Thursday, October 24, 2019

More barn wiring

Rat's nest is both figuratively and literally true.

I have been looking at the wiring in the barn closest to Sprite's house and it is starting to make sense.

The first generation of lighting was incandescent bulbs on 12 gauge wire.

The second generation of lighting was Metal Halide on even heavier wire.

The third generation was big, LED corn-cobs screwed into half of the incandescent fixtures.
A wire in the peak of the building that has been capped off. There is a reasonable chance this wire is hot and it is my second choice for powering-up the run of wire I will be using.
There are at least four runs of wire scrapped-in-place up in the trusses.

Room for two more breakers but I don't want to screw around with that
My plan is to re-purpose one of the 12 gauge wires and to tie it back into breaker box via a receptacle that the wire will reach. This is not considered best practice because lighting should be on a dedicated circuit so an overload will not cause the lighting to dump.

The scrapped run of wire already goes to a flood-light on the exterior of the building. I will replace that flood light with a motion activated light with two, 9 Watt BR-30 bulbs in 6500K. Then I will daisy-chain a second motion activated fixture just around the corner to light that side of the building.

I will be living in sin because the outdoor cable I have is 14 gauge and it will be fed by a 20 Amp breaker in the box. 14 gauge copper is rated for 15 Amps/1500 Watts.
Second motion activated light will be on the shady side of the barn
My excuse is that the run will only be six feet* and the load will be 18 Watts. It seems incredibly unlikely that anybody will find a way to put more load on the end of that six foot length of wire, 12 feet up in the air.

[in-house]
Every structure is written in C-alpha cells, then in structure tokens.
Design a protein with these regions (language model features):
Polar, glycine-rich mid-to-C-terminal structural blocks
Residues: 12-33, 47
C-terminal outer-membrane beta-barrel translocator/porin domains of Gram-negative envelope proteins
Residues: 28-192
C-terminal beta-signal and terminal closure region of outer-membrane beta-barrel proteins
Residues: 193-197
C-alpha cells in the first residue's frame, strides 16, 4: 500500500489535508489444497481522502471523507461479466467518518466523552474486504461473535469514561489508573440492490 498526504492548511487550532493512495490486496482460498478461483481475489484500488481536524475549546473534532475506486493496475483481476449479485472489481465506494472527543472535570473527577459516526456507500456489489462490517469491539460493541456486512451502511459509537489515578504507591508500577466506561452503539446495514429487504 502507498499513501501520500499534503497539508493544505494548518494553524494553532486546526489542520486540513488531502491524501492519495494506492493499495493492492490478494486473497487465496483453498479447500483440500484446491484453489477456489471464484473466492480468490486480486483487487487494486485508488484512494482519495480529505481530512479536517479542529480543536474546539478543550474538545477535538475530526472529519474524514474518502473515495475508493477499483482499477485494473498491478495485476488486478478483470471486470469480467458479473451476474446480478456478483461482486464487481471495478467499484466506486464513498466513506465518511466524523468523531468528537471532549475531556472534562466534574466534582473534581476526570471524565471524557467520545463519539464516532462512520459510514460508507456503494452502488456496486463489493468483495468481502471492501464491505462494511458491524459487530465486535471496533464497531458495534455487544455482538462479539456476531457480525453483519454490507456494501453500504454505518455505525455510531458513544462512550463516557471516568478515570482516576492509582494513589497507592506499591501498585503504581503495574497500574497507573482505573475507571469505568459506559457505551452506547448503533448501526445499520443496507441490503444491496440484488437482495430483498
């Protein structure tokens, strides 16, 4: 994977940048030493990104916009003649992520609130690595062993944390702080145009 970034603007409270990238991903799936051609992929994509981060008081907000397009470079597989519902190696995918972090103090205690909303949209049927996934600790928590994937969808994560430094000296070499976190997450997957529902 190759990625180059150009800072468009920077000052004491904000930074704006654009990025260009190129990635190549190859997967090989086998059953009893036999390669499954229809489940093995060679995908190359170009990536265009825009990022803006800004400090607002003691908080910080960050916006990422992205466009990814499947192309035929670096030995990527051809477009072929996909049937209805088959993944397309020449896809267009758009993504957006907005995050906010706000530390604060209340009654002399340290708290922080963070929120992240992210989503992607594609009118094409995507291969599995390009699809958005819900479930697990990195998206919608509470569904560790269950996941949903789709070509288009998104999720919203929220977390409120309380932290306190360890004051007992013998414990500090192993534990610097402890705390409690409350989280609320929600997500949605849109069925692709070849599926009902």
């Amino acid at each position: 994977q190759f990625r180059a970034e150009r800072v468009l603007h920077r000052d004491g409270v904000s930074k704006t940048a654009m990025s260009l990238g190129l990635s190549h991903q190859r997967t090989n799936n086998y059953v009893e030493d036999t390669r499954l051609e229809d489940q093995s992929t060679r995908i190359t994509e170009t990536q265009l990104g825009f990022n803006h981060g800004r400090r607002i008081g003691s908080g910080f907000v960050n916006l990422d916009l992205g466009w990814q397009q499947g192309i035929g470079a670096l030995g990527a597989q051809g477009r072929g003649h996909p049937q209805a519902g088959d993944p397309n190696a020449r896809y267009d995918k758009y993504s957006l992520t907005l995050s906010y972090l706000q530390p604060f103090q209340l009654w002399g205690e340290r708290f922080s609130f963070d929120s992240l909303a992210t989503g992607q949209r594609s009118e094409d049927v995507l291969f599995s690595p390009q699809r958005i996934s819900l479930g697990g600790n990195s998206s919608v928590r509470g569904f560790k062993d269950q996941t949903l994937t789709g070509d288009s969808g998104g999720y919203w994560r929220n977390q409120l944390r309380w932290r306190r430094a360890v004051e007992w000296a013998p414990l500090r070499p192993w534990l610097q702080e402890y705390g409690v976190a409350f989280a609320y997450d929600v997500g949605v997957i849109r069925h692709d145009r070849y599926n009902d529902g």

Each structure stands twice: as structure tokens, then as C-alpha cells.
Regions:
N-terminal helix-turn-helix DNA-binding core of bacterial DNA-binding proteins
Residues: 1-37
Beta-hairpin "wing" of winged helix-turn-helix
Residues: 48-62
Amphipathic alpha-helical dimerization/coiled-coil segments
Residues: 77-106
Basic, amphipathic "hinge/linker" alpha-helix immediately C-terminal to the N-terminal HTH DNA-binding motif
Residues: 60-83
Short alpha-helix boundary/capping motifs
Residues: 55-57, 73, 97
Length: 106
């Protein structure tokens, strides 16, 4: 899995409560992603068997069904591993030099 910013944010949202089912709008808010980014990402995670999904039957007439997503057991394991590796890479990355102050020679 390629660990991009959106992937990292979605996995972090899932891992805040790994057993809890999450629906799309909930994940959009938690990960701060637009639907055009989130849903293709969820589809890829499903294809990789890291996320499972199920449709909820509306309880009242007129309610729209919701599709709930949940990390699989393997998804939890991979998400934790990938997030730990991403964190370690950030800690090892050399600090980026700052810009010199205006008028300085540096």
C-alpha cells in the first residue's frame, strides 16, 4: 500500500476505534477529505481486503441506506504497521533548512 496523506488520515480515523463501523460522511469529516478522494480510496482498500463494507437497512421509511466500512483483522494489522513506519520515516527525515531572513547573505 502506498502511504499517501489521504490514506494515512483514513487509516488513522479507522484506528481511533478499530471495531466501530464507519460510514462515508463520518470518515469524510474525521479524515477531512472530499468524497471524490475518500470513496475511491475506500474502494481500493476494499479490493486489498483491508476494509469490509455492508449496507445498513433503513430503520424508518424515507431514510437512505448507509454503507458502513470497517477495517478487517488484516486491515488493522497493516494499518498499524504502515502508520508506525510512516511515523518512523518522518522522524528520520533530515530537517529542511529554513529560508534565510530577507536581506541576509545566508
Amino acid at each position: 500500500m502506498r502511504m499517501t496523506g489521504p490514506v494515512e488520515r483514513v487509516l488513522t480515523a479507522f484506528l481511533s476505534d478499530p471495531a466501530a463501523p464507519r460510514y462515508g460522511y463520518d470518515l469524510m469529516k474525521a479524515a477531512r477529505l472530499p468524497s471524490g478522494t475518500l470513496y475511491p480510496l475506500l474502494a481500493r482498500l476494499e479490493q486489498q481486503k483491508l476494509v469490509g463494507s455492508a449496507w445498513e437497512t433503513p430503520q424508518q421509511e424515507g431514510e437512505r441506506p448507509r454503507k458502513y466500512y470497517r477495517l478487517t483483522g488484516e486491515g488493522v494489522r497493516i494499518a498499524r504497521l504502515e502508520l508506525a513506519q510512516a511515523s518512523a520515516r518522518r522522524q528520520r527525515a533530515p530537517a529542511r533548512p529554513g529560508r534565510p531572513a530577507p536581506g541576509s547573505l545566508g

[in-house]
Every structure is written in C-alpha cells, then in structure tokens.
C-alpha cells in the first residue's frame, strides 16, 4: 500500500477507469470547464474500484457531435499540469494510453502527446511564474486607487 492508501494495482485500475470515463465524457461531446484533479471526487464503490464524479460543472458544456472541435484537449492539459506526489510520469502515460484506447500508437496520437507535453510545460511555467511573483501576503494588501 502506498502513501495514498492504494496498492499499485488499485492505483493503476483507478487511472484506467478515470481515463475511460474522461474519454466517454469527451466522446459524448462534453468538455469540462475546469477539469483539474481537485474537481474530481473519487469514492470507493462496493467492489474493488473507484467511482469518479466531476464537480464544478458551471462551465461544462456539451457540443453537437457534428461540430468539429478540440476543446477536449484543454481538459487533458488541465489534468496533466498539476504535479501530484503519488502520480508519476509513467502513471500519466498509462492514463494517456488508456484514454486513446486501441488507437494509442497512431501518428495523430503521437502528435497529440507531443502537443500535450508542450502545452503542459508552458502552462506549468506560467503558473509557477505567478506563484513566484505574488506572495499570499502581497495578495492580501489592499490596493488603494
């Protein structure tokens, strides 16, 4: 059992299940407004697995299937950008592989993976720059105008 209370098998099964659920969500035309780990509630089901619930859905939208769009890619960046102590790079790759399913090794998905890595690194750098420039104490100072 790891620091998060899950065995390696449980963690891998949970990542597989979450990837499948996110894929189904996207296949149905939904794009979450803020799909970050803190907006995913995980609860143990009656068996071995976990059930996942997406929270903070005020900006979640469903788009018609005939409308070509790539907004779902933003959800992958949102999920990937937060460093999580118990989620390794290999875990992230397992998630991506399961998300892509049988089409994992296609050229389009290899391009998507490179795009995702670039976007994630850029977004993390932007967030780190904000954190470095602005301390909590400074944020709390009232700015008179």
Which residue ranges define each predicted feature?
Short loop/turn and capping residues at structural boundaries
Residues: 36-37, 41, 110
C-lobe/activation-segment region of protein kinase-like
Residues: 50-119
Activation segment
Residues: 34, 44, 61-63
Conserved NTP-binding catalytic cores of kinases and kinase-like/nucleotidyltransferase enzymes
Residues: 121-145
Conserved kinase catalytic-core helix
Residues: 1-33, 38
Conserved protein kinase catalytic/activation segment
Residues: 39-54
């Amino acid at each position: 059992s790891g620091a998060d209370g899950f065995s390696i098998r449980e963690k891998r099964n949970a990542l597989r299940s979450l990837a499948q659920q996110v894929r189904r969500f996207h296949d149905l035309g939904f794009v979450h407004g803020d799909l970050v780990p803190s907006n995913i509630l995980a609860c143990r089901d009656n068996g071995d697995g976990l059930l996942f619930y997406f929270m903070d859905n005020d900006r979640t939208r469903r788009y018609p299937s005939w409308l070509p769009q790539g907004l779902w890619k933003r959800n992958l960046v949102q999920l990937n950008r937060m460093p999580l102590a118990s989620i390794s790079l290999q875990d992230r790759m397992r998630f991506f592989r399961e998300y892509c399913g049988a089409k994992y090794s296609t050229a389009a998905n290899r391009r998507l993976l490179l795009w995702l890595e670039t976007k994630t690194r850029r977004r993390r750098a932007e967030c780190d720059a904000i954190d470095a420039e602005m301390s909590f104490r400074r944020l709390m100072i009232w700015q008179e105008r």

*There are exceptions in the National Electrical Code that recognizes a class of wiring sometimes called "chassis wiring". That means that the electrician must run heavy wire to the electrical dryer but internal to the dryer the manufacturer can use lighter gauge wiring. The rational is that runs less than 12' do not cause appreciable voltage sag AND because copper wire rejects heat out the ends as well as by convection to air. Short segments can avoid overheating failures if they have more generous wire gauge

High temperatures caused by a loose connection. I want to call your attention to the fact that the cable temperature decreases as you move away from the heat source, indicating that heat is being conducted along the cable, away from the heat source.


  1. What is pictured? Is that the feed into the panel or a dryer plug? I'd check for aluminum wire. Just the sort of thing that could be had cheap for use in a barn. And of course, you know about anti-oxident.

    1. The infrared image was pulled off the internet.

      The first image is from beside the door and includes two metal receptacles, an outlet and three runs of wire, all abandoned.

  2. The IR image was making me panic for you.

  3. Read the tap rules, you may have an exception for that short, 14ga run to the outside light. Or, just put a 15A breaker on that circuit. Or, put a 15A fuse in the circuit upstream of the 14ga cable.

    For the lights fed through the outlet, remove the outlet and make it a junction box.

  4. That's a double-ditto on that aluminum wiring. I've had to re-lay a buried main line to a barn over just precisely that issue, vintage 70's stuff.


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